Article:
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2 ASU undergrads among 10 American students attending youth conference in Canada

Mikkaela Salamatin

Mikkaela Salamatin is one of two ASU students who will attend the Youth Institute on Canada in the World beginning Sept. 23.

September 14, 2017

As Canada turns 150 this year, our northern neighbors have extended invitations to Americans to help develop a vision for Canada’s place in the world. On Sept. 23, Fulbright Canada will begin its week long Youth Institute on Canada in the World, bringing 10 American and 10 Canadian undergraduate and graduate students to Ottawa, Ontario and Quebec City, Quebec. From a pool of applicants competing for the limited number of American spots available, two Barrett students were awarded the opportunity to participate: junior Anirudh Koka and senior Mikkaela Salamatin.

Salamatin, a finance major with minors in French and sustainability, has long been interested in international relations.

“I was extremely involved in high school speech and debate, which initially sparked my interest in international issues,” Salamatin said. “Since coming to college, however, I hadn’t been able to do very much in relation to that interest. This opportunity seemed like an interesting way I could explore it while actively using my education to help other people.”

Koka, majoring in economics and global politics, also saw the Youth Institute as a way to explore his interests.

“I was inspired to apply because I’m really interested in foreign relations and international economies,” Koka said.

As Koka and Salamatin prepare for a week of policy formulation, debates, cultural activities and more, they look forward to learning more about Canadian-American relations. For Koka, the weeklong Youth Institute promises to provide insight into Canada’s role within multilateral organizations and economic unions.

“I’m particularly interested in how Canadian-U.S. bilateral relations manifest themselves in the multilateral organizations like NATO,” Koka said. “Why does Canada want the U.S. to assert itself internationally? I’m also fascinated in economic unions such as NAFTA, and I want to learn more about how the trade deal affects Canadians.”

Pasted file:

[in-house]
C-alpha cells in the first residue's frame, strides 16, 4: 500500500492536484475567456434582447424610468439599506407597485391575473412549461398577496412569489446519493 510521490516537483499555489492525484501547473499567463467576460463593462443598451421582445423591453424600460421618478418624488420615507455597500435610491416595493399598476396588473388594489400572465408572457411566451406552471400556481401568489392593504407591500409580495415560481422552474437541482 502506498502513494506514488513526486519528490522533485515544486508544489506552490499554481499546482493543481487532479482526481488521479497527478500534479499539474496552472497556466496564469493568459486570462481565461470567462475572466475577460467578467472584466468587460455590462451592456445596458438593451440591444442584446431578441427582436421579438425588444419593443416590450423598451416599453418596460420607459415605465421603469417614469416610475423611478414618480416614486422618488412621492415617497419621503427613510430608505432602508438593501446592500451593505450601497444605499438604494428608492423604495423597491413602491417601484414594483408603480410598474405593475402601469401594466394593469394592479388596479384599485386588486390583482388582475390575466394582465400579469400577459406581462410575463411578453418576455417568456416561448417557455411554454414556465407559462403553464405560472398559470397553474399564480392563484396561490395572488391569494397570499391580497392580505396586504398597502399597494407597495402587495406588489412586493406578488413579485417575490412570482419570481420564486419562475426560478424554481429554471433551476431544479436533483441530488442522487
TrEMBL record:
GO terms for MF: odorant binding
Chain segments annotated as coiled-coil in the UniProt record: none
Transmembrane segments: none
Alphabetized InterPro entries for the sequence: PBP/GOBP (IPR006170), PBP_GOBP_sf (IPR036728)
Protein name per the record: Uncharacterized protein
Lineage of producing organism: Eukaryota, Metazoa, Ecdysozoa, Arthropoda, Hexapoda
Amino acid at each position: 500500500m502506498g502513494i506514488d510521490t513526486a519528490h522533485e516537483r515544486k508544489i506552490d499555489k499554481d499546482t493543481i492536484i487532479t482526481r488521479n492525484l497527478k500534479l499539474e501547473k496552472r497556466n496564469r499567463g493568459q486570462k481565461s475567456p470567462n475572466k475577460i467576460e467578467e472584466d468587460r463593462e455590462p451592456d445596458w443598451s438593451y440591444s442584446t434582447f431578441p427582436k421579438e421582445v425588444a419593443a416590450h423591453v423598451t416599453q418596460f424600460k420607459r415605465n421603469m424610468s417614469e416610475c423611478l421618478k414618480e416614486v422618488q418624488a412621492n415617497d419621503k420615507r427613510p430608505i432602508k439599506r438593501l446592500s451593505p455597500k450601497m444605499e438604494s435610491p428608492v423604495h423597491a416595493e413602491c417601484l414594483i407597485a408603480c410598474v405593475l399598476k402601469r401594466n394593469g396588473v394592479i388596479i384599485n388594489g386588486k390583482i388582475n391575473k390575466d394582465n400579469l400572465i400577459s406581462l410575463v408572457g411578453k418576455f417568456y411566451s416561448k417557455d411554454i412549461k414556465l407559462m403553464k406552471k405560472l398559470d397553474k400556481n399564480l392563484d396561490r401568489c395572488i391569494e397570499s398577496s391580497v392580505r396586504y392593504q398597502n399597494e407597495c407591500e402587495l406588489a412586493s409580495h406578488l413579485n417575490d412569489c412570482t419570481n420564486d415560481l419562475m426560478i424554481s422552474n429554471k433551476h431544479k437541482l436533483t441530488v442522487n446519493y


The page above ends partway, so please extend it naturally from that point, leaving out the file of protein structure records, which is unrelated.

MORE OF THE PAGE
As for Salamatin, the Youth Institute will give her an opportunity to learn about Canadian sustainability issues.

“I am particularly interested in how Canada can choose to react to different decisions made by the U.S.,” said Salamatin. “Issues regarding climate change and sustainable energies are really interesting to look at, and I hope to have the opportunity to discuss them during the program.”

Koka and Salamatin both expect the Youth Institute to be instrumental in achieving their future goals.

“One day I hope to be in a career that allows me to work with foreign relations in terms of international development and international law,” Salamatin said. “I am passionate about being an agent of change and promoting more inclusive perspectives on global citizenship, and through this program I hope to not only develop meaningful relationships with some of Canada and America's greatest young minds, but to also develop the skills necessary to pursue and effect impactful change in my future career.”

Anirudh Koka

Koka also feels the skills he will develop through the Youth Institute will help his career.

“I want to use my background in economics and international affairs to work with governments and non-profit organizations in developing nations to enact fiscal and social policy that expands access to education,” Koka said. “I think the Youth Institute will give me practical experience debating and designing policy that will be invaluable for me later in life.”

Koka and Salamatin are looking forward to the opportunity to discuss Canadian foreign policy with fellow participants, diplomats and government officials. As the Youth Institute takes place in both Ottawa — the capital of Canada — and Quebec City, within French-speaking province Quebec, students also have a variety of cultural experiences to take advantage of.

Salamatin hopes to put her French knowledge to work in Quebec. “I am very excited to have the opportunity to learn a bit about Quebecois French and utilize my French language skills to further develop my relationships with the people I meet in Canada,” she said.

And Koka, a self-proclaimed history nerd, is looking forward to spending a week in two historical hubs of Canada.

“I’m really excited to visit all the historic places in Ottawa and Quebec City, and getting a better understanding of the Canadian experience.Most of all, I’m ready to absorb everything. I know I’m going to learn so much,” Koka said.

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